Parent-Child Relationship Repair Therapy
formerly reunification therapy
Parent-Child Relationship Repair (PCRR) is a service provided by mental health professionals to mend relationships between a parent and their child(ren). It was formerly called reunification therapy but has evolved to PCRR to help families adjust to divorce, separation, or custody changes. Sometimes this is needed during a divorce or separation process or even years after a divorce as parents have concern for estrangement, conflict, or alienation in the relationships.
- ABOUT PCRR -
What kinds of families do you see for PCRR?
I see children who have not had a relationship with a parent for an extended period of time or have a resistant relationship with one of their parents. Sometimes one or both parents are concerned about parental alienation or that behaviors by one parent are causing a problem in their relationship with their child. In therapy, we address these concerns and identify what is the healthiest for the children moving forward. I will refer families to other services if I feel their needs cannot be addressed with Parent-Child Relationship Repair.
Who is involved in the therapy process?
The children who transition between their parents' households and their parents. Parents set the structure to meet their children's needs and children absorb their conflict when it is present, therefore, both parents are involved in the process. The children meet with the therapist separately at first to build trust with the therapist. The therapist addresses the individual needs of the children, such as navigating a re-established relationship and being between two parents who do not have a cooperative relationship for various reasons. Please see the PCRR process below to learn more about the steps of this therapy.
Is PCRR successful?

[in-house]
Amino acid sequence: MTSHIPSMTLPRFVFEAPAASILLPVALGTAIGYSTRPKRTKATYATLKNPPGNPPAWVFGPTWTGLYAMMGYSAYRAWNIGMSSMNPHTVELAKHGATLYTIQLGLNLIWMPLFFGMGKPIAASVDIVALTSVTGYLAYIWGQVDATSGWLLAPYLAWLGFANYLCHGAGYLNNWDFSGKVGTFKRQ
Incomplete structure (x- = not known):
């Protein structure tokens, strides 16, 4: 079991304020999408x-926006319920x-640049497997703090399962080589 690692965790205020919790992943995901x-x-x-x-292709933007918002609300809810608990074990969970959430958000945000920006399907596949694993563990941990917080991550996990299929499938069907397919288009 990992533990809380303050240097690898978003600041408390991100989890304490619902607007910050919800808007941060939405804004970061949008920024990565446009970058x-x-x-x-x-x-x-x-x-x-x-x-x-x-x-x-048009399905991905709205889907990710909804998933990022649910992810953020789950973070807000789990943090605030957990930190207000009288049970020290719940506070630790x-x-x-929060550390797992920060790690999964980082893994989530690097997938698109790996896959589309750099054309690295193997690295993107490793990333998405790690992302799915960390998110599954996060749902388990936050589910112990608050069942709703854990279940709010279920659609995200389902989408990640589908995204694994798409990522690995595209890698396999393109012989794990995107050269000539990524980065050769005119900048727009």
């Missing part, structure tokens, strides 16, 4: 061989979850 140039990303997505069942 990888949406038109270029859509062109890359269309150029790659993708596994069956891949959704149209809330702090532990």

PCRR is a challenging process for parents and children as there is often high conflict between parents or the children have resistance or feel hardships in relationships. Family members come into therapy with different perspectives, feelings, and concerns moving forward. PCRR can work for parents and children who are willing to engage in the process.
Does insurance cover this therapy?
Typically health insurance does not cover the cost as the target of the service is not treating a mental health diagnosis. Services are self-pay and agreed upon beforehand between the co-parents. Most parents will pay for their own individual sessions and split the sessions that involve the children and any other fees.
What is the goal or potential outcomes?
When children and their parents successfully progress through therapy, the end results in healthier relationships, reduced conflict, and meet the needs of the children. There is direction for the family moving forward on what the parent-child relationship will look like and less tension in relationships. However, families should be fully aware that therapy does not always end in a reunified relationship between the parent and child(ren). Progress is continually assessed by the provider and if progress seems unlikely for any reason, the provider may terminate services and refer for alternative services. With commitment to the process and family members attaining their goals, families can achieve healthier relationships.
What is the role of the therapist in PCRR?
The therapist takes a child-oriented approach and works to promote healthy relationships for the best interests of children and for parents to be their best selves. The therapist is continually assessing and pacing therapy to meet the needs of the child(ren). The therapist should not be confused for other professional roles such as Custody Evaluators, Parenting Consultants, or other mental health providers. Therefore your therapist will not make recommendations for parenting time, custody arragmenets, or similar legal matters as this is outside of their scope of practice. Your provider is only qualifed to make therapy recommendatons pertaining to the PCRR process.